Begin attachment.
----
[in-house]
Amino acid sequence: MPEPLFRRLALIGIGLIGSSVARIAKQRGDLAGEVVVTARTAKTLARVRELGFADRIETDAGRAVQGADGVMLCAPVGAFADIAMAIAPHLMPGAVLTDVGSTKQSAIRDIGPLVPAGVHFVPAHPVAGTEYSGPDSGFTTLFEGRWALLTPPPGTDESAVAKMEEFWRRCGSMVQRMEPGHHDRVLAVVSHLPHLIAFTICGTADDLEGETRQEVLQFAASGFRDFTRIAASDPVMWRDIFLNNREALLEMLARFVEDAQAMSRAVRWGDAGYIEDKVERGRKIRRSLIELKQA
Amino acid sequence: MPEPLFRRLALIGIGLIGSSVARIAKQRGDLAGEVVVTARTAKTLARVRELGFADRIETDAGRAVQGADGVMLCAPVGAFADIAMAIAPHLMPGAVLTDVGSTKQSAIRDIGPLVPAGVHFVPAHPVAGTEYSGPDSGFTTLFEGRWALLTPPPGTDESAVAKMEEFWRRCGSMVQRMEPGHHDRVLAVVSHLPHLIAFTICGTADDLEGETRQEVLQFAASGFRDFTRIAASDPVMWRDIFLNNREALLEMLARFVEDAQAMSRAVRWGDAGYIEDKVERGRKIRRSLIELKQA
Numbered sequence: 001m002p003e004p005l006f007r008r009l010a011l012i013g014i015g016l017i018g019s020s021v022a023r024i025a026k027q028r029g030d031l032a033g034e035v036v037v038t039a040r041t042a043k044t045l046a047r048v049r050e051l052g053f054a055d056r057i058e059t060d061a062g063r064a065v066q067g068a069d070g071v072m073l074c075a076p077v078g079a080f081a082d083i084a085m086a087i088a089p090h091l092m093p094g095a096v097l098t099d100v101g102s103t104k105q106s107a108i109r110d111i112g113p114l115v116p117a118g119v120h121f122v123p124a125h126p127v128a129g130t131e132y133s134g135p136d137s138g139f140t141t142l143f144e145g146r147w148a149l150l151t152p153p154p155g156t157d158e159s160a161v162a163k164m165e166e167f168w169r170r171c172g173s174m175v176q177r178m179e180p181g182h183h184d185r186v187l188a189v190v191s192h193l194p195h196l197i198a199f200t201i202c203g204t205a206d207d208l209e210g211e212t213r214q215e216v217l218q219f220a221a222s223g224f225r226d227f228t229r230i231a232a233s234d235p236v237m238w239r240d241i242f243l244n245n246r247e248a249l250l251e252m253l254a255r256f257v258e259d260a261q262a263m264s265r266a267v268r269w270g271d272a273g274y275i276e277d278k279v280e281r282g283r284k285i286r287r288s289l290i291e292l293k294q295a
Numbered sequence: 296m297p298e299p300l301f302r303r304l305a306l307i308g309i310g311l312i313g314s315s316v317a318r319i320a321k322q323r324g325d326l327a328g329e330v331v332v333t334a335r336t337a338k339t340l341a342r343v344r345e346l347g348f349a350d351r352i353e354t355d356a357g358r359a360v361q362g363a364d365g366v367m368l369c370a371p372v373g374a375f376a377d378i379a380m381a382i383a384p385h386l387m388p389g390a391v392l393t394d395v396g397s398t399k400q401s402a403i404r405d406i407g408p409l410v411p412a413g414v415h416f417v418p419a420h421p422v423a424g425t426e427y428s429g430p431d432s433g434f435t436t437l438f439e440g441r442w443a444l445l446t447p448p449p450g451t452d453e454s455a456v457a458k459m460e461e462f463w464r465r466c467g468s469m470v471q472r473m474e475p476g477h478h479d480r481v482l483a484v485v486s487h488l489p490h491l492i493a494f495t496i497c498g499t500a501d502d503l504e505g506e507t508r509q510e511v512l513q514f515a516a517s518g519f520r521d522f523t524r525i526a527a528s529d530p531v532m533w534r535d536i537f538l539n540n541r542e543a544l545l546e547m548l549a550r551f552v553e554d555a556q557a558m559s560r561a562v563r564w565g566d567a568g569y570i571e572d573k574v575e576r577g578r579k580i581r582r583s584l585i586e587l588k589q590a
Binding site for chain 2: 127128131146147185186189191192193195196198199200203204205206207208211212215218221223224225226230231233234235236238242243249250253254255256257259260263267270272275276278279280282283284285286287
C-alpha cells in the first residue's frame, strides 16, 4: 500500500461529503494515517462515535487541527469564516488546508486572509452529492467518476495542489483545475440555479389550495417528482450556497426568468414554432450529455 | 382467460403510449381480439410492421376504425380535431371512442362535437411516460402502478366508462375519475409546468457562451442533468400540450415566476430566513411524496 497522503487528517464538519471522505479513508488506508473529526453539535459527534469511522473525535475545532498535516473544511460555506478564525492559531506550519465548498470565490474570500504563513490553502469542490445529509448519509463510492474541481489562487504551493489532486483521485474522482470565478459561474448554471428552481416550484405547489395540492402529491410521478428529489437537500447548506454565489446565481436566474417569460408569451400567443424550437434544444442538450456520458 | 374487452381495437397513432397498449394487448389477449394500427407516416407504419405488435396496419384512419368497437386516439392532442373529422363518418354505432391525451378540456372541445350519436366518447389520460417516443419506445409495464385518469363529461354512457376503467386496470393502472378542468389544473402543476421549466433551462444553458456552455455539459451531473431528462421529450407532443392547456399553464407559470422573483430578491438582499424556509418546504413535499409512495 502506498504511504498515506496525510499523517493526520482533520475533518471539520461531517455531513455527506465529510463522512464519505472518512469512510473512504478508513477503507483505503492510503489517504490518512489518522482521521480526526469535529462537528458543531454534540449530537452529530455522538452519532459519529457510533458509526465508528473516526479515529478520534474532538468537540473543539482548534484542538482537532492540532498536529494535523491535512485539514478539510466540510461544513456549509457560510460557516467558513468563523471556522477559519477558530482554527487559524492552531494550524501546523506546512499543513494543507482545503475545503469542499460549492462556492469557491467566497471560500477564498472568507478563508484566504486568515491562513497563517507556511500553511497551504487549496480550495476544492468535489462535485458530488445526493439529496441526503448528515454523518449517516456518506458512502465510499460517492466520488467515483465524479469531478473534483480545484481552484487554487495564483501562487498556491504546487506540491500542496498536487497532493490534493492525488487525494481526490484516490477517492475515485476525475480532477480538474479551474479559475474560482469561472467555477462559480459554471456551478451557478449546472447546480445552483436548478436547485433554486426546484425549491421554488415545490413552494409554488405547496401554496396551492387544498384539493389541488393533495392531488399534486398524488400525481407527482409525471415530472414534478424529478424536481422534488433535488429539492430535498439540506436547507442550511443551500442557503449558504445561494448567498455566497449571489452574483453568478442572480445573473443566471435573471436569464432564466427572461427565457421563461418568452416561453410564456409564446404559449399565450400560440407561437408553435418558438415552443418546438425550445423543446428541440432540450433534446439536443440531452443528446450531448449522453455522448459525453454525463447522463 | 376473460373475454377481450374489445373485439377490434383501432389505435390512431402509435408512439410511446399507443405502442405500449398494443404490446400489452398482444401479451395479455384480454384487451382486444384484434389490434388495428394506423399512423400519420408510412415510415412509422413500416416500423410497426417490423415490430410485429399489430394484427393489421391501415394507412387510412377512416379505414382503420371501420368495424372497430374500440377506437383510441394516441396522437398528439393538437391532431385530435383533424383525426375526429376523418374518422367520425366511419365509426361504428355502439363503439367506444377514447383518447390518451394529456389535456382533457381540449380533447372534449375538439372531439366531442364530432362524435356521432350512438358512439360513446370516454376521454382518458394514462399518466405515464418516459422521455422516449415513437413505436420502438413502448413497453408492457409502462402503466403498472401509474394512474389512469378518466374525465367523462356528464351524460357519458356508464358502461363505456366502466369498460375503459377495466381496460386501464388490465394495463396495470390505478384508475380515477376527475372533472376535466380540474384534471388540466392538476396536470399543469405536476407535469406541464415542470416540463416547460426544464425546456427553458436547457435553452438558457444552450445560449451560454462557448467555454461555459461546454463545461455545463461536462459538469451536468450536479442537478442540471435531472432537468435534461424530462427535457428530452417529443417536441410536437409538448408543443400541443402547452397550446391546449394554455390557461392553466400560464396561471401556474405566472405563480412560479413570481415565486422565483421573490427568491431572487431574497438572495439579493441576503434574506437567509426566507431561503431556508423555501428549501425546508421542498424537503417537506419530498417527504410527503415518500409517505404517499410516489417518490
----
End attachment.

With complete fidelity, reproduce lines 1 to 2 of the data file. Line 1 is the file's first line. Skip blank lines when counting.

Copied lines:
[in-house]
Amino acid sequence: MPEPLFRRLALIGIGLIGSSVARIAKQRGDLAGEVVVTARTAKTLARVRELGFADRIETDAGRAVQGADGVMLCAPVGAFADIAMAIAPHLMPGAVLTDVGSTKQSAIRDIGPLVPAGVHFVPAHPVAGTEYSGPDSGFTTLFEGRWALLTPPPGTDESAVAKMEEFWRRCGSMVQRMEPGHHDRVLAVVSHLPHLIAFTICGTADDLEGETRQEVLQFAASGFRDFTRIAASDPVMWRDIFLNNREALLEMLARFVEDAQAMSRAVRWGDAGYIEDKVERGRKIRRSLIELKQA